Both of the bodies exhibited internal damage the likes of which I had never seen or read about before. Their stomach lining was shredded to bits, chunks of their livers were found inside of their esophagus, every internal organ that was still intact showed signs of extreme scarring; it was as if something had torn them up from the inside.
The cause of death was a complete mystery. Aside from a shared geographical location the two women had nothing in common yet the severity of their injuries was almost identical. It was as if someone had planted bombs inside of them and sent tiny bits of shrapnel flying through their organs, yet there was no shrapnel to be found. There was no clear trace of the instrument that had killed these women.
On closer observation, however, I found something else that connected the two bodies. In the confounding mess of viscera I found something that made their cause of death seem quaint by comparison.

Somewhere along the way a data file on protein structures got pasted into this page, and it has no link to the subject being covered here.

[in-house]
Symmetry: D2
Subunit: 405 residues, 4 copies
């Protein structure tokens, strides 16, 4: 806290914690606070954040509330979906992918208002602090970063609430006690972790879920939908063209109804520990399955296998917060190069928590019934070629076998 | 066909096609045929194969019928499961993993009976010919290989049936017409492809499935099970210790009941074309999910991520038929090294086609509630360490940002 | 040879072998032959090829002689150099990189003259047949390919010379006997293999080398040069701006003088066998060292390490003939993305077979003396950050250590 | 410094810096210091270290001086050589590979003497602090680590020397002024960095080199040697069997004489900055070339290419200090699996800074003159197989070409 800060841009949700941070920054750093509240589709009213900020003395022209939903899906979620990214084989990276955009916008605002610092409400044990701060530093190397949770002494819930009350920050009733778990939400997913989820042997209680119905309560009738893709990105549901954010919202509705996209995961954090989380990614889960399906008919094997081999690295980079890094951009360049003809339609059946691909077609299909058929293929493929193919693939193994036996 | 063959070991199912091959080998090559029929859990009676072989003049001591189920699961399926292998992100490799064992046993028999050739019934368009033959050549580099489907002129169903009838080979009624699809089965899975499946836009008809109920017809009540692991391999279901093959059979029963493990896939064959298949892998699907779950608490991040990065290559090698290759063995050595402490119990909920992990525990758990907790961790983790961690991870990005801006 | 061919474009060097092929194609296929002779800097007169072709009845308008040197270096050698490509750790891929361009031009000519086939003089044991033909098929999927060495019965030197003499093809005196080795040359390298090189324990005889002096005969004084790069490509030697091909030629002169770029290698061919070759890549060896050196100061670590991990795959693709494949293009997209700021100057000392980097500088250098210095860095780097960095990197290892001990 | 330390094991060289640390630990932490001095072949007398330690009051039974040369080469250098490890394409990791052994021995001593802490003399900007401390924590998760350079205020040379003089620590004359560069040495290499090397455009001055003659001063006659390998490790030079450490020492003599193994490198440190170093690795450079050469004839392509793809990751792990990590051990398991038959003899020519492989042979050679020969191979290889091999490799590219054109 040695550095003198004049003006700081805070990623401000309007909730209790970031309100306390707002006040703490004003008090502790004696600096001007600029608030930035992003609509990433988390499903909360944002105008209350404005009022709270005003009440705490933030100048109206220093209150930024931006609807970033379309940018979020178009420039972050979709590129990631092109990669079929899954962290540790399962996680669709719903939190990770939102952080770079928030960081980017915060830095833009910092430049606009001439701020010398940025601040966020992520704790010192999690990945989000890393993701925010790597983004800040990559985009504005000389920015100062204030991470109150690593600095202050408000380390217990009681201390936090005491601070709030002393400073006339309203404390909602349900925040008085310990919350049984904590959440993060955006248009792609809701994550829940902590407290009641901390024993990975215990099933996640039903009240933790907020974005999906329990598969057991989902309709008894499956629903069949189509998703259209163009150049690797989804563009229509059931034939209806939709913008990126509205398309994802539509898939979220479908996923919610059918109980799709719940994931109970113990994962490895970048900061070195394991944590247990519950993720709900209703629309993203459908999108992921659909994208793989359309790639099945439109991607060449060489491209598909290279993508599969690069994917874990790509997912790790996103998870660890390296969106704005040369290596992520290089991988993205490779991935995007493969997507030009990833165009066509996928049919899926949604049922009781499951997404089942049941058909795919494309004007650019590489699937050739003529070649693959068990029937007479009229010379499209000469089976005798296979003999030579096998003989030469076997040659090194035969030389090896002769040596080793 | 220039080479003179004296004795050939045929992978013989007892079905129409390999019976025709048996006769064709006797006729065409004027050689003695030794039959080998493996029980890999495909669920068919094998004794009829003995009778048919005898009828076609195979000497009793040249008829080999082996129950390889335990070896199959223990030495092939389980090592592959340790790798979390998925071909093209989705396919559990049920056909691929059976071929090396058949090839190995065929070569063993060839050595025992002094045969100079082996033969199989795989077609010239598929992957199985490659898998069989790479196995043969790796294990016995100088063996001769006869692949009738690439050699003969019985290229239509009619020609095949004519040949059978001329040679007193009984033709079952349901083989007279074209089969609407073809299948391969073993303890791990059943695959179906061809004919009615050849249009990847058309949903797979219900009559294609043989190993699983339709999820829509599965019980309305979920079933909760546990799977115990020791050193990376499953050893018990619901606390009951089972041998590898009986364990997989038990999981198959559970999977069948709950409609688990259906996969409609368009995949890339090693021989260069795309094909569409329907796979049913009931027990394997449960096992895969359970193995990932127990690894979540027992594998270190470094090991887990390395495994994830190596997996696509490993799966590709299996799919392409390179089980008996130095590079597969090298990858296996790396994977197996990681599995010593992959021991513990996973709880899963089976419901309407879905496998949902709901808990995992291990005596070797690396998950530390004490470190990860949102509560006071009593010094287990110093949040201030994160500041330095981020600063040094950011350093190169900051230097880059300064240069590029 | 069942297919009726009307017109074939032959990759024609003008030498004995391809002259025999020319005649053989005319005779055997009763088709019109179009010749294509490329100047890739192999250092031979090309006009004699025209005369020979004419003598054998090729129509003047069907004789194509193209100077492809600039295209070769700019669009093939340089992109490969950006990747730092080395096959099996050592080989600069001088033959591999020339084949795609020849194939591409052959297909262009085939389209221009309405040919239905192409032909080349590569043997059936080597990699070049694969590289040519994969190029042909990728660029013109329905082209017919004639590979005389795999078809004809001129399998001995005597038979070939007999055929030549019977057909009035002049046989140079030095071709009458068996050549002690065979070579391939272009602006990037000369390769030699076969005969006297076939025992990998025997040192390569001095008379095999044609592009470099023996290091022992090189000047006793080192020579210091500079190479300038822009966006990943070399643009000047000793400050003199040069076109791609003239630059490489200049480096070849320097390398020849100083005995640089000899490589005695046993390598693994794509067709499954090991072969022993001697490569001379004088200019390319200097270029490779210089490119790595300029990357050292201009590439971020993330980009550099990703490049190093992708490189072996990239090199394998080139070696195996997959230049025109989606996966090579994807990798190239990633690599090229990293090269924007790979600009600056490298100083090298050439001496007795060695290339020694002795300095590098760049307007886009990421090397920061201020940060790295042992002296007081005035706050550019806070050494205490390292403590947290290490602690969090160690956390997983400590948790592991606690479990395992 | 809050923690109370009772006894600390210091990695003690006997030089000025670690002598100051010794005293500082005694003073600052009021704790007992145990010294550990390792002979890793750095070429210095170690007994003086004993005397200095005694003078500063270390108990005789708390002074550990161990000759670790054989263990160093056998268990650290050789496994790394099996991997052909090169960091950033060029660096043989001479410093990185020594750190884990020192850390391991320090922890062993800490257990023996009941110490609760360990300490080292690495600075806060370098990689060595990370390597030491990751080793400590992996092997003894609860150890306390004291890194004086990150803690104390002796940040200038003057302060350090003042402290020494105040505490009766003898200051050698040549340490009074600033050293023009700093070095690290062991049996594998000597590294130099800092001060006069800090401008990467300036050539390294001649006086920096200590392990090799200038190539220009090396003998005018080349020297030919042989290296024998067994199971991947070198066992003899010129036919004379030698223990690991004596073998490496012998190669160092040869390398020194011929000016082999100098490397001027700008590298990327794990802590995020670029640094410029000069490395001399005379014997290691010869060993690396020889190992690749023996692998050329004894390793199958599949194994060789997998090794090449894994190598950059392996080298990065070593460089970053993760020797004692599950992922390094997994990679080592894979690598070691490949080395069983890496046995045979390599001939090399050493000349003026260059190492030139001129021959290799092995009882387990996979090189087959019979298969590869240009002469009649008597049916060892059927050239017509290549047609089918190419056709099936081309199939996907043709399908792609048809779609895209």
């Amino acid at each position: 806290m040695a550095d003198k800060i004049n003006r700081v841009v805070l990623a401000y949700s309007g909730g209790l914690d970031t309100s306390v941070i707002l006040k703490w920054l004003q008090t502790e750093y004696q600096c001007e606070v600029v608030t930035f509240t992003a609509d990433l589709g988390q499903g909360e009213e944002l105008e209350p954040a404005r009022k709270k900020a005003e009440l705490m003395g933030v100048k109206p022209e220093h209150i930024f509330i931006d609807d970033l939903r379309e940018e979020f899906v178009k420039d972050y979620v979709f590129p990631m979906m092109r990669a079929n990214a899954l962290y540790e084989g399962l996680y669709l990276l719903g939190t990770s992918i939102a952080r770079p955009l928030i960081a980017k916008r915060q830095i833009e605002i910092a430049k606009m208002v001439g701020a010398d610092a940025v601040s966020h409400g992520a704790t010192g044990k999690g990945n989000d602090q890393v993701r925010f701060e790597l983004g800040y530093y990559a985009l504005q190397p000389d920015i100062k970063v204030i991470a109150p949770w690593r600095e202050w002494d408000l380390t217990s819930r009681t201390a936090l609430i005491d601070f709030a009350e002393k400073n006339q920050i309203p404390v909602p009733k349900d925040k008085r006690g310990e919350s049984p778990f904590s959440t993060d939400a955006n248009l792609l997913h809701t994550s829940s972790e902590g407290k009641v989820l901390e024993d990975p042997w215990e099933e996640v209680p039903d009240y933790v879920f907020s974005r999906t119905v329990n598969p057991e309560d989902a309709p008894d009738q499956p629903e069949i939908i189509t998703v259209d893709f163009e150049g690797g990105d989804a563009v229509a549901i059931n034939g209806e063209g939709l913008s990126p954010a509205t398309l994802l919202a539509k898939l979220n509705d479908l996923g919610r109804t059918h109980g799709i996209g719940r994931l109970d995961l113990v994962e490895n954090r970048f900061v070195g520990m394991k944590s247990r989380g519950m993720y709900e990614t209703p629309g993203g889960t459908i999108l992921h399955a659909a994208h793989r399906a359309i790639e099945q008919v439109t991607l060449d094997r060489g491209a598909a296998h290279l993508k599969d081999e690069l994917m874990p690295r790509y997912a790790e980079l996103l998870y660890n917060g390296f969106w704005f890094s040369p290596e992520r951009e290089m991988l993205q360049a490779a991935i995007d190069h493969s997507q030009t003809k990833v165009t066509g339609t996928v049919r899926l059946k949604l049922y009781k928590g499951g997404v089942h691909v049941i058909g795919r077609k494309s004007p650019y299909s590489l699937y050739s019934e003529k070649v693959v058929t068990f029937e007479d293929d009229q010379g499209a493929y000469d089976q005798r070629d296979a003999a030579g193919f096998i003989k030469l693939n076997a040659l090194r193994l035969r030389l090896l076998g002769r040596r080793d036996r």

Even though they were bloodied and covered in loose chunks of flesh and membrane I immediately knew what I was holding in my hands. I was holding two tiny gingerbread men.
They were small, both fitting into the palm of my glove, but they still inspired fear. Unlike the big eyed smiling gingerbread men that were sold in the local bakeries, the creations I held in my hand had tiny slits for eyes and their mouths were stretched into long harrowed screams that descended well into their torsos. The baked goods I held in my hand were the product of a disturbed mind.
I called just about everyone I went to school with. From the few colleagues that picked up I couldn’t find anyone who was willing to drive over and take a look at my findings. Everyone was either far too busy dealing with the personal aspects of the holiday season or was swamped with the suicide spike that Christmas brings. Even past their business, no one believed me. When I described the two foreign objects I found lodged in the bodies a couple of my old classmates even inquired whether I was sober.